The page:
The Quiet American (2002 film)

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The Quiet American
Quiet american.jpg
Directed byPhillip Noyce
Written byChristopher Hampton
Robert Schenkkan
Based onThe Quiet American
by Graham Greene
Produced byStaffan Ahrenberg
William Horberg
StarringMichael Caine
Brendan Fraser
Do Thi Hai Yen
CinematographyChristopher Doyle
Edited byJohn Scott
Music byCraig Armstrong
Distributed byMiramax Films
Release dates
  • September 9, 2002 (2002-09-09) (TIFF)
  • November 22, 2002 (2002-11-22) (United States)
  • May 22, 2003 (2003-05-22) (Germany)
Running time
101 minutes
United States
United Kingdom
Budget$30 million
Box office$27,674,124

The Quiet American is a 2002 film adaptation of Graham Greene's bestselling 1955 novel set in Vietnam, The Quiet American. It is directed by Phillip Noyce and stars Michael Caine, Brendan Fraser, and Do Thi Hai Yen.

The 2002 version of The Quiet American, in contrast to the 1958 film version, depicted Greene's original ending and treatment of the principal American character, Pyle. Like the novel, the film illustrates Pyle's moral culpability in arranging terrorist actions aimed at the French colonial government and the Viet Minh. Going beyond Greene's original work, the film used a montage ending with superimposed images of American soldiers from the intervening decades of the Vietnam War.

Miramax paid $5.5 million for the rights to distribute the film in North America and some other territories, but it shelved the film for a year due to the September 11 attacks and the film's "unpatriotic" message.[1] The film finally received an Oscar qualification release in November 2002 and went on to gross US$12.9 million in limited theatrical release in the United States. The film received positive reviews from critics and Caine was nominated for the Academy Award for Best Actor.


The story is set in 1952 in Saigon, Vietnam (French Indochina at that time), toward the end of the First Indochina War (1946–1954) in which French forces fought the Communist-led Viet Minh rebels. On one level, The Quiet American is a love story about the triangle that develops between Thomas Fowler, a British journalist in his fifties; a young American idealist, supposedly an aid worker, named Alden Pyle; and Phuong, a Vietnamese woman. On another level it is also about the growing American involvement that led to the full-scale American war in Vietnam.

Thomas Fowler (Michael Caine), who narrates the story, is involved in the war only as a reporter, an unengaged observer, apart from one crucial event. Pyle (Brendan Fraser), who represents America and its policies in Vietnam, is a CIA operative sent to steer the war according to America’s interests, and is passionately devoted to the ideas of York Harding, an American foreign policy theorist who said that what Vietnam needed was a "third force" to take the place of both the colonialists and the Vietnamese rebels and restore order. Pyle sets about creating a "Third Force" against the French and the Viet Minh by using a Vietnamese splinter group headed by corrupt militia leader General Thé (based on the actual Trinh Minh Thế). His arming of Thé's militia with American weaponry leads to a series of terrorist bombings in Saigon. These bombings, dishonestly blamed on the Communists in order to further American outrage, kill a number of innocent people, including women and children.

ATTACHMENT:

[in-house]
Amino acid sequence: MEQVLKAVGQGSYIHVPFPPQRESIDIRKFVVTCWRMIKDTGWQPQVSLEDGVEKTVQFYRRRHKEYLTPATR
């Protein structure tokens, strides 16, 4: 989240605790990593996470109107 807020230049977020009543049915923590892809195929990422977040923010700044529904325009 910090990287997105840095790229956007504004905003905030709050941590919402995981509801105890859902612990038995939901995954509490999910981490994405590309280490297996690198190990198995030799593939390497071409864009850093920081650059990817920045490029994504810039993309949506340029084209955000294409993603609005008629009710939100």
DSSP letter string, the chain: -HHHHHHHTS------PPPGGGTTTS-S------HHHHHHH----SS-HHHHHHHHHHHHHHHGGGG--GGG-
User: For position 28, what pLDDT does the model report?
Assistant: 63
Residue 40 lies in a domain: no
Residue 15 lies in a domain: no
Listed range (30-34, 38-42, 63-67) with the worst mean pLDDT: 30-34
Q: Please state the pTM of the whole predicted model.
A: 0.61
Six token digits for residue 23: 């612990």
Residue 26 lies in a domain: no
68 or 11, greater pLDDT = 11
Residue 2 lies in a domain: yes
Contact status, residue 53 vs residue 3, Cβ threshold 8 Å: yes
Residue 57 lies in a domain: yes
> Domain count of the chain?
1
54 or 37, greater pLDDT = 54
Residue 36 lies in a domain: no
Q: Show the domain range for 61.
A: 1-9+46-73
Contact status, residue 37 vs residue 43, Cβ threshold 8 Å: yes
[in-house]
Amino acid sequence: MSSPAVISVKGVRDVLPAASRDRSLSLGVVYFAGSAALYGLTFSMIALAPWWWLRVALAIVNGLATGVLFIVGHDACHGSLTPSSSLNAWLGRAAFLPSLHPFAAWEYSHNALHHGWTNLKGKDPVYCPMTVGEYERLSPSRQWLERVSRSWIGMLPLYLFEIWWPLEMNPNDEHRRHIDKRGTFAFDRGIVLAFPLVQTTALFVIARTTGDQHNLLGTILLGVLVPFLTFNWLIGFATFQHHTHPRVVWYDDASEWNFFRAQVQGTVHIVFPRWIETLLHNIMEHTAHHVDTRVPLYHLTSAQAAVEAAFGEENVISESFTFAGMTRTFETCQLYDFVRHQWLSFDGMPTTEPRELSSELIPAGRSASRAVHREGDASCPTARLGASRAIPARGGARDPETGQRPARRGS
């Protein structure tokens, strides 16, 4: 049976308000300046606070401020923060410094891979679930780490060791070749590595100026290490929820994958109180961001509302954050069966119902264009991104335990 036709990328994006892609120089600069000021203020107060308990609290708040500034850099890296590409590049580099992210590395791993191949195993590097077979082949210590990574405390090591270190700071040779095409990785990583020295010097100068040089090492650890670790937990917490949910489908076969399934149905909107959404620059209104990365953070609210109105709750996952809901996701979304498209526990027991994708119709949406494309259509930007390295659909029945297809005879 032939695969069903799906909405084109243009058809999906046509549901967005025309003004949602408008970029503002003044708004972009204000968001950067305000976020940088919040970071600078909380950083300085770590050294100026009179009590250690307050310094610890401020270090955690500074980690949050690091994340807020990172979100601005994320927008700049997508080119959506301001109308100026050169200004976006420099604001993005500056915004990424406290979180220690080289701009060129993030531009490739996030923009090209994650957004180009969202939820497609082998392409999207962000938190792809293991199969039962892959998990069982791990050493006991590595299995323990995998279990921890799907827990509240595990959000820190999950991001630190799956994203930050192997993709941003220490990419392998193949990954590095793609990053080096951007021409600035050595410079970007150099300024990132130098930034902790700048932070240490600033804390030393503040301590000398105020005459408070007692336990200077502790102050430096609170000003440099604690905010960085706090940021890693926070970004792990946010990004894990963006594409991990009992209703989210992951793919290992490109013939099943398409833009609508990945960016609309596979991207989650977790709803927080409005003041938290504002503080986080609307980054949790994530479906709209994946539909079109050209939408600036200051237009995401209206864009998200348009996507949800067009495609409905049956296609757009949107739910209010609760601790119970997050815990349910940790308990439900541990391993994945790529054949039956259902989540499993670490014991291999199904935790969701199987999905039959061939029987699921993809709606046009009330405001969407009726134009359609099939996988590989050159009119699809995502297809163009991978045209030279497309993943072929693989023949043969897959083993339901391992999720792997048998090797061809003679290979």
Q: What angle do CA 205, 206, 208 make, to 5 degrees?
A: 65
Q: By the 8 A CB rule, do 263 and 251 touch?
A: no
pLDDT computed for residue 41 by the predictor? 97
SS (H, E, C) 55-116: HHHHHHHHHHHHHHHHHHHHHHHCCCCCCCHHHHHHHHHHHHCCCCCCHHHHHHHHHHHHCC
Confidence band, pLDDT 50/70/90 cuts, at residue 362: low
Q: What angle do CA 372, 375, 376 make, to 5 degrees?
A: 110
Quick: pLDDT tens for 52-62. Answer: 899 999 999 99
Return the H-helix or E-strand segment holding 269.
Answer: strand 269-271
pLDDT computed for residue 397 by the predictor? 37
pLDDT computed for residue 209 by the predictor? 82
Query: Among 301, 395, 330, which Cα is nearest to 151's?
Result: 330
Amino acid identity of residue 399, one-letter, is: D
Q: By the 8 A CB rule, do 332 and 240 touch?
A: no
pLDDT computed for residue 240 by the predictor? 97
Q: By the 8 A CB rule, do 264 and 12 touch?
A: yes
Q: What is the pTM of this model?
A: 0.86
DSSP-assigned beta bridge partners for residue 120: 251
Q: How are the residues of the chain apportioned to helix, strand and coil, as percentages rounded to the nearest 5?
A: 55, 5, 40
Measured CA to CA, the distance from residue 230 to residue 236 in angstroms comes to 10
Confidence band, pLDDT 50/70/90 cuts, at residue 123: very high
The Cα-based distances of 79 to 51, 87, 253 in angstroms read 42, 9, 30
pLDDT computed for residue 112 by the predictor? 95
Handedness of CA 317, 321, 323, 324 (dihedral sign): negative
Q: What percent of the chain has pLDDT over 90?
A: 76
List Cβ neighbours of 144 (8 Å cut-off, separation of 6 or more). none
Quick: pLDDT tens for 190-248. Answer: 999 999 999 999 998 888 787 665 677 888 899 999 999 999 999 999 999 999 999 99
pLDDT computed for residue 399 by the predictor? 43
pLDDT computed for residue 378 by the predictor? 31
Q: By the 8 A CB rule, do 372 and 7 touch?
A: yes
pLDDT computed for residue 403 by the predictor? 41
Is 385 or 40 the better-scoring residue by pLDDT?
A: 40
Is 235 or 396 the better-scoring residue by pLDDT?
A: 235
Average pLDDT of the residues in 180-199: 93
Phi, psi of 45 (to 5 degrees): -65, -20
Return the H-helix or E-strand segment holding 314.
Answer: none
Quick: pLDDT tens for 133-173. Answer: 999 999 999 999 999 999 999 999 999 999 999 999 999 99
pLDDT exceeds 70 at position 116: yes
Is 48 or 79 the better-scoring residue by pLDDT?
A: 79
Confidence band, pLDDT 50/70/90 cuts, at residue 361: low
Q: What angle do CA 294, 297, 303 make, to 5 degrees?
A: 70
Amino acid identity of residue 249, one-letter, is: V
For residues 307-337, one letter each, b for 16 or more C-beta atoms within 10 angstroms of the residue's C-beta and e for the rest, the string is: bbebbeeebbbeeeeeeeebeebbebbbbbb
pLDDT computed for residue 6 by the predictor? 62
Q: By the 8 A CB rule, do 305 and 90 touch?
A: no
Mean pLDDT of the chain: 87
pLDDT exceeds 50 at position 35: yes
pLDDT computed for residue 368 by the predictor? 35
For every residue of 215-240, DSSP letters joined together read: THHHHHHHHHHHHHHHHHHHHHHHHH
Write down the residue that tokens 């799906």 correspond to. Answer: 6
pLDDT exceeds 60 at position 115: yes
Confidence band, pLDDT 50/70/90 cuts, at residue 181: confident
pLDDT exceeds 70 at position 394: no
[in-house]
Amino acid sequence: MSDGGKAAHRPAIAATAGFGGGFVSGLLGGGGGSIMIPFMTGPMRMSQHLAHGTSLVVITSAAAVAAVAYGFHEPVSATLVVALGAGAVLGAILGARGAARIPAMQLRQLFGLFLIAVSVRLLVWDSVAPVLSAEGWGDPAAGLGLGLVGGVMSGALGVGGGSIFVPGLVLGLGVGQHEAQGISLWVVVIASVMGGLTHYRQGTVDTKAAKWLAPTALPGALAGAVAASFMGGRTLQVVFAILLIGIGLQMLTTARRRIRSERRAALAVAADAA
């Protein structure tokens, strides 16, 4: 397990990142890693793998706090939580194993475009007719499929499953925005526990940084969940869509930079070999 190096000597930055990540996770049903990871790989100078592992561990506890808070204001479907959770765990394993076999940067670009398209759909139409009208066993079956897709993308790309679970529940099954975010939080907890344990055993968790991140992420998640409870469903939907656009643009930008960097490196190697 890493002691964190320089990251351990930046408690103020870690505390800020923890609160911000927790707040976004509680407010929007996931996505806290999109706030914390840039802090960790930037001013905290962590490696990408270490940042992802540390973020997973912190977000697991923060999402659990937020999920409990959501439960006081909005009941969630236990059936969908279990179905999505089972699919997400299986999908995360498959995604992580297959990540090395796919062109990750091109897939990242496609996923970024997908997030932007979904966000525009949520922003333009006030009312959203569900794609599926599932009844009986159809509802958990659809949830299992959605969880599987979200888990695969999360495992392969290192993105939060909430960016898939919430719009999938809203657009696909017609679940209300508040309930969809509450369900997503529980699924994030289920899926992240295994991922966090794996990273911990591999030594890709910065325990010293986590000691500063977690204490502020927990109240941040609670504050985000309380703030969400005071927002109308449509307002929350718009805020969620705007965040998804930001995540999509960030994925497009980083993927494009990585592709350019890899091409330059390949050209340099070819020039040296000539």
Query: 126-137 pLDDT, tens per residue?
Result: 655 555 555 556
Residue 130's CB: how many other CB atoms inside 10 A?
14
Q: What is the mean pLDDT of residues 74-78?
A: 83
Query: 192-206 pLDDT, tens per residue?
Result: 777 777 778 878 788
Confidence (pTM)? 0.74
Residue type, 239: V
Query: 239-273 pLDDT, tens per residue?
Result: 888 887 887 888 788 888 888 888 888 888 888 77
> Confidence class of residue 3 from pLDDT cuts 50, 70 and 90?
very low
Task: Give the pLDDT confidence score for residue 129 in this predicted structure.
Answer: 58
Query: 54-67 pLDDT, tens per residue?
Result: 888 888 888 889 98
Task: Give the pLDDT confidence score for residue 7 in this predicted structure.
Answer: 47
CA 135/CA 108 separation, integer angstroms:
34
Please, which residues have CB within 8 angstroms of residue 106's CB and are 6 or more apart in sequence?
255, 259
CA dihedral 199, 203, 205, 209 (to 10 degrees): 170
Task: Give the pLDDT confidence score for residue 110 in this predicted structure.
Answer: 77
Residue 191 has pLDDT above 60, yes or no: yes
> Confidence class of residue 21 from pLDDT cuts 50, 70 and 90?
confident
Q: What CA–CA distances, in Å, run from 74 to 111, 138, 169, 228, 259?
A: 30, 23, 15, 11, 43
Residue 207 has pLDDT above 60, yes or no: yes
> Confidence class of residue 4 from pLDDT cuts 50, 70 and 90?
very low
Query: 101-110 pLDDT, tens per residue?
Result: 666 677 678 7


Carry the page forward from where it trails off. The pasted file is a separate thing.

Meanwhile, Pyle has taken Fowler's Vietnamese mistress Phuong (Do Thi Hai Yen), promising her marriage and security. When Fowler finds out about Pyle's involvement in the bombings, he takes one definitive action to seal all of their fates. He indirectly agrees to let his assistant, Hinh (Tzi Ma), and Hinh's Communist cohorts confront Pyle; when Pyle tries to flee, Hinh fatally stabs him. Phuong subsequently returns to Fowler, and while the local French police commander (Rade Šerbedžija) suspects Fowler's role in Pyle's murder, he has no evidence and does not pursue the matter.



The film was shot in Hanoi, Saigon, Ninh Bình and Hội An in Vietnam.


The film earned positive reviews from critics, currently holding an 87% rating on Rotten Tomatoes based on 156 reviews, and an average rating of 7.65/10, with the consensus: "Thoughtful and wonderfully acted, The Quiet American manages to capture the spirit of Green[e]'s novel."[2] It also has a score of 84 out of 100 on Metacritic, based on 39 critics, indicating "universal acclaim".[3]

The first rough cut was screened to a test audience on September 10, 2001 and received positive ratings. However, the September 11 attacks took place the next day, and audience ratings dropped with each subsequent screening. Reacting to criticism of the film's "unpatriotic" message, Miramax shelved the film for a year. It was finally screened publicly at the Toronto International Film Festival in September 2002 to critical acclaim. The film received an Oscar qualification release in November 2002 and a limited release in January 2003.[1]


Academy Awards

Golden Globe Awards

BAFTA Awards

American Film Institute Awards

  • Movie of the Year - Won

London Film Critics' Circle Awards

National Board of Review

National Society of Film Critics Awards

Satellite Awards

See also[edit]


  1. ^ a b Thompson, Anne (17 October 2002). "Films With War Themes Are Victims of Bad Timing". The New York Times. Archived from the original on November 5, 2012.
  2. ^ "The Quiet American (2003)". Rotten Tomatoes. Retrieved 23 September 2017.
  3. ^ "The Quiet American".

External links[edit]